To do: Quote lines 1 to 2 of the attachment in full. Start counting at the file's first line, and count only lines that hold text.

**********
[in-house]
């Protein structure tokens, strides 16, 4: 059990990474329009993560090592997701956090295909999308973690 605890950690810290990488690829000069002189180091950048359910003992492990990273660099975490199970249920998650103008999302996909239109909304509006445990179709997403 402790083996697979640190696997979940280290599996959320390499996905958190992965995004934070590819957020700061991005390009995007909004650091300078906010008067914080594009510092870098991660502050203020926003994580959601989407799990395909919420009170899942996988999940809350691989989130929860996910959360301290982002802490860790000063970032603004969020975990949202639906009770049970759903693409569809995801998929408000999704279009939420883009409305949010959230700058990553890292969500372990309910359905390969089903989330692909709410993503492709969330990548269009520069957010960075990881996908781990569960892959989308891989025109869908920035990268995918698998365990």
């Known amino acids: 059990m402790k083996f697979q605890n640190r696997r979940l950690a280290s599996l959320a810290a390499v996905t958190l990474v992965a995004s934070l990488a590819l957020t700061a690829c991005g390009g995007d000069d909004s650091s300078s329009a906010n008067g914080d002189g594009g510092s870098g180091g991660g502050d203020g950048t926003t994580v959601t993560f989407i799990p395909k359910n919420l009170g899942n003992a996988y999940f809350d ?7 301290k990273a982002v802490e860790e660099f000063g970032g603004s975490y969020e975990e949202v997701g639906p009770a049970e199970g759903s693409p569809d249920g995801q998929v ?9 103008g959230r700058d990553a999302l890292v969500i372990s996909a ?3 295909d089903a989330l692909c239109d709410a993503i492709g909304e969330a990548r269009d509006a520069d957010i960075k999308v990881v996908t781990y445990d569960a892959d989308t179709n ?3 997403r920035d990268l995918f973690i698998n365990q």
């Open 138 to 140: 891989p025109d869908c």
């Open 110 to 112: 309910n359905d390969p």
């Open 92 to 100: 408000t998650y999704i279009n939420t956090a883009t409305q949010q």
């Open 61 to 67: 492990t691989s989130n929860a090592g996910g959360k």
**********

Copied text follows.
[in-house]
């Protein structure tokens, strides 16, 4: 059990990474329009993560090592997701956090295909999308973690 605890950690810290990488690829000069002189180091950048359910003992492990990273660099975490199970249920998650103008999302996909239109909304509006445990179709997403 402790083996697979640190696997979940280290599996959320390499996905958190992965995004934070590819957020700061991005390009995007909004650091300078906010008067914080594009510092870098991660502050203020926003994580959601989407799990395909919420009170899942996988999940809350691989989130929860996910959360301290982002802490860790000063970032603004969020975990949202639906009770049970759903693409569809995801998929408000999704279009939420883009409305949010959230700058990553890292969500372990309910359905390969089903989330692909709410993503492709969330990548269009520069957010960075990881996908781990569960892959989308891989025109869908920035990268995918698998365990």